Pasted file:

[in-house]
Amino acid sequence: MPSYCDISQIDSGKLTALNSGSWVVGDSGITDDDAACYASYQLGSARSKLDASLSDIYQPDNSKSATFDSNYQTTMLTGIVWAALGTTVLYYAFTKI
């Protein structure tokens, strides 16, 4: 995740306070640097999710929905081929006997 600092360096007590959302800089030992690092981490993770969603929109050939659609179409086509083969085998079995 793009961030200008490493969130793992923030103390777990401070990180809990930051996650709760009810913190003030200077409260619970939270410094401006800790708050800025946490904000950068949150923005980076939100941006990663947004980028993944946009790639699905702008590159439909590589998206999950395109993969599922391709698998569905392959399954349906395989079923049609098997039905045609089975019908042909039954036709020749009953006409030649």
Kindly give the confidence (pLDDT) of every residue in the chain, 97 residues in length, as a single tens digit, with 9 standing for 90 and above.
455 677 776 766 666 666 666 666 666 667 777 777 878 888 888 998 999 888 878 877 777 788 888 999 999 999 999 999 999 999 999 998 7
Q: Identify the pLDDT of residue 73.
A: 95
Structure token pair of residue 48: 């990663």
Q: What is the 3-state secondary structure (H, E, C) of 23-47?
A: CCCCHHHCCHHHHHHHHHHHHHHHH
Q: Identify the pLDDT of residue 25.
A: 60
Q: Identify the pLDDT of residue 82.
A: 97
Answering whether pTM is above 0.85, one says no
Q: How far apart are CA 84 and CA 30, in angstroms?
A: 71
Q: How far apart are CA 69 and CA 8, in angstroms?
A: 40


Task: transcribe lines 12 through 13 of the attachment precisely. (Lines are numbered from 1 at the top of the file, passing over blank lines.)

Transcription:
A: 60
Q: Identify the pLDDT of residue 82.